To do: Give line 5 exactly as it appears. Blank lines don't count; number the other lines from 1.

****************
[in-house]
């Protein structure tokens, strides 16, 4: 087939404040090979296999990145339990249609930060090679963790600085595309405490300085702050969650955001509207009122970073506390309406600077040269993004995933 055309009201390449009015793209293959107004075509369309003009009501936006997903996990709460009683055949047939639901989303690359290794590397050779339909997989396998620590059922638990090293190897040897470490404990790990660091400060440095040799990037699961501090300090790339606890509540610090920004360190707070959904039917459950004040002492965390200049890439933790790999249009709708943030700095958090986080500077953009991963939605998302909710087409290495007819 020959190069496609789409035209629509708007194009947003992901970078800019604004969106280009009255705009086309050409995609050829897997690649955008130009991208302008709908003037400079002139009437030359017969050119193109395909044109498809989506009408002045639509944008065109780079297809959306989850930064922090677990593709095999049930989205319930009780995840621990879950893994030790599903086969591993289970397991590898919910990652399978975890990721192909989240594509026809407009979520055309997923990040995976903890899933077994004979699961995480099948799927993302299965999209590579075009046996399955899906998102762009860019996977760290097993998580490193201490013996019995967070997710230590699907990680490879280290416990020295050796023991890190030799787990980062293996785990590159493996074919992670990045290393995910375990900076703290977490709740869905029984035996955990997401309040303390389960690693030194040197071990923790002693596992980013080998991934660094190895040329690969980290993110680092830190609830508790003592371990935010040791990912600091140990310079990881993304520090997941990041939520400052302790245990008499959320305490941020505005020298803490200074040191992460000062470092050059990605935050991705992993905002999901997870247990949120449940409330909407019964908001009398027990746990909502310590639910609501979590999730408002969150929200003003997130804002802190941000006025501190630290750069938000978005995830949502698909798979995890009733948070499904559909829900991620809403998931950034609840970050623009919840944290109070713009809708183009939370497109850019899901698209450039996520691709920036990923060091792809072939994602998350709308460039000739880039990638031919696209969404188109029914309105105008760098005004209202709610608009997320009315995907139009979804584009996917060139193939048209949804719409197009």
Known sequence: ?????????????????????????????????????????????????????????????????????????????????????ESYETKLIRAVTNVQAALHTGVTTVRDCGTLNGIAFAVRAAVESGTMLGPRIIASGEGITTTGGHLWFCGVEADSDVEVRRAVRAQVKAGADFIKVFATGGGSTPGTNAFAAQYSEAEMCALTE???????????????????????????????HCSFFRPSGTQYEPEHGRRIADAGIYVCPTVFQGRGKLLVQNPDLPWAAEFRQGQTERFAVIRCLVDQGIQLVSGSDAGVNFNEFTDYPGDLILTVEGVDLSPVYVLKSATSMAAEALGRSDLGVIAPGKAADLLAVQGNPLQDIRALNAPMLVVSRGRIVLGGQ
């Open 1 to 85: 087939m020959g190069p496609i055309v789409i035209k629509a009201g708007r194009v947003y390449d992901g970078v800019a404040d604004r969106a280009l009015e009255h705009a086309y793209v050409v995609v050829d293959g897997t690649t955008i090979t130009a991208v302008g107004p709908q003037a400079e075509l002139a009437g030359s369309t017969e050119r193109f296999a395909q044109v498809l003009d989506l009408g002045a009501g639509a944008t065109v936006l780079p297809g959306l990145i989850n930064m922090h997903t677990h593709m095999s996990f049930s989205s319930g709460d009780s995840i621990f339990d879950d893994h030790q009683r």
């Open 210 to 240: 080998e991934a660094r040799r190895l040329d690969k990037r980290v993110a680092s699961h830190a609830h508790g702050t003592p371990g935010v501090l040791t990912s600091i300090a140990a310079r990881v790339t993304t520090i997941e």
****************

């Open 210 to 240: 080998e991934a660094r040799r190895l040329d690969k990037r980290v993110a680092s699961h830190a609830h508790g702050t003592p371990g935010v501090l040791t990912s600091i300090a140990a310079r990881v790339t993304t520090i997941e």